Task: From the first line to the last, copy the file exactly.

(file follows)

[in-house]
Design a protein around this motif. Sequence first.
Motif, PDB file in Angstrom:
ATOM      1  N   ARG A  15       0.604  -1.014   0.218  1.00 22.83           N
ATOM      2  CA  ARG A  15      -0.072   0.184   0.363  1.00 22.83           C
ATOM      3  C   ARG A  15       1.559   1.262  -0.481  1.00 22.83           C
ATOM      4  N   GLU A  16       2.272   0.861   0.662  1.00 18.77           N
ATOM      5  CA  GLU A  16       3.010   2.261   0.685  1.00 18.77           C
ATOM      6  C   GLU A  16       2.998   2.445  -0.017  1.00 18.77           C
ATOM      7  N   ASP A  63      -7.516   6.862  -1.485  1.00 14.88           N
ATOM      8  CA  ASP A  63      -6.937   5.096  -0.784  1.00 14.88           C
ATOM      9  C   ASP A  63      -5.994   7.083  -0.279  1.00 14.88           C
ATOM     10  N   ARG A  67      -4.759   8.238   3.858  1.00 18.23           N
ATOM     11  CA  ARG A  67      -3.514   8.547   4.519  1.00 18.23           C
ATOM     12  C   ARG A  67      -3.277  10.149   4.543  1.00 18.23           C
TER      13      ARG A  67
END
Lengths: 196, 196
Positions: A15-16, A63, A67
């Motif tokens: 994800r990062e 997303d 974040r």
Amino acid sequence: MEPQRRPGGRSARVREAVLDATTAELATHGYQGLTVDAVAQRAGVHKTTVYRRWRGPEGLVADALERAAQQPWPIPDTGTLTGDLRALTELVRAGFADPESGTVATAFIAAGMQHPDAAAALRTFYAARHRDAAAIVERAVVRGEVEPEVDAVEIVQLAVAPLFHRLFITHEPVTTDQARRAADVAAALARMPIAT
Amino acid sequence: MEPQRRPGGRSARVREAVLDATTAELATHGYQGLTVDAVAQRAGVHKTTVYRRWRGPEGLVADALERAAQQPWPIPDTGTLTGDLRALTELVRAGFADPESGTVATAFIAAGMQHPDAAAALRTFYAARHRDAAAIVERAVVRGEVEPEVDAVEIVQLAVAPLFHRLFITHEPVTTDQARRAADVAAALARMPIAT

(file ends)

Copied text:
[in-house]
Design a protein around this motif. Sequence first.
Motif, PDB file in Angstrom:
ATOM      1  N   ARG A  15       0.604  -1.014   0.218  1.00 22.83           N
ATOM      2  CA  ARG A  15      -0.072   0.184   0.363  1.00 22.83           C
ATOM      3  C   ARG A  15       1.559   1.262  -0.481  1.00 22.83           C
ATOM      4  N   GLU A  16       2.272   0.861   0.662  1.00 18.77           N
ATOM      5  CA  GLU A  16       3.010   2.261   0.685  1.00 18.77           C
ATOM      6  C   GLU A  16       2.998   2.445  -0.017  1.00 18.77           C
ATOM      7  N   ASP A  63      -7.516   6.862  -1.485  1.00 14.88           N
ATOM      8  CA  ASP A  63      -6.937   5.096  -0.784  1.00 14.88           C
ATOM      9  C   ASP A  63      -5.994   7.083  -0.279  1.00 14.88           C
ATOM     10  N   ARG A  67      -4.759   8.238   3.858  1.00 18.23           N
ATOM     11  CA  ARG A  67      -3.514   8.547   4.519  1.00 18.23           C
ATOM     12  C   ARG A  67      -3.277  10.149   4.543  1.00 18.23           C
TER      13      ARG A  67
END
Lengths: 196, 196
Positions: A15-16, A63, A67
């Motif tokens: 994800r990062e 997303d 974040r």
Amino acid sequence: MEPQRRPGGRSARVREAVLDATTAELATHGYQGLTVDAVAQRAGVHKTTVYRRWRGPEGLVADALERAAQQPWPIPDTGTLTGDLRALTELVRAGFADPESGTVATAFIAAGMQHPDAAAALRTFYAARHRDAAAIVERAVVRGEVEPEVDAVEIVQLAVAPLFHRLFITHEPVTTDQARRAADVAAALARMPIAT
Amino acid sequence: MEPQRRPGGRSARVREAVLDATTAELATHGYQGLTVDAVAQRAGVHKTTVYRRWRGPEGLVADALERAAQQPWPIPDTGTLTGDLRALTELVRAGFADPESGTVATAFIAAGMQHPDAAAALRTFYAARHRDAAAIVERAVVRGEVEPEVDAVEIVQLAVAPLFHRLFITHEPVTTDQARRAADVAAALARMPIAT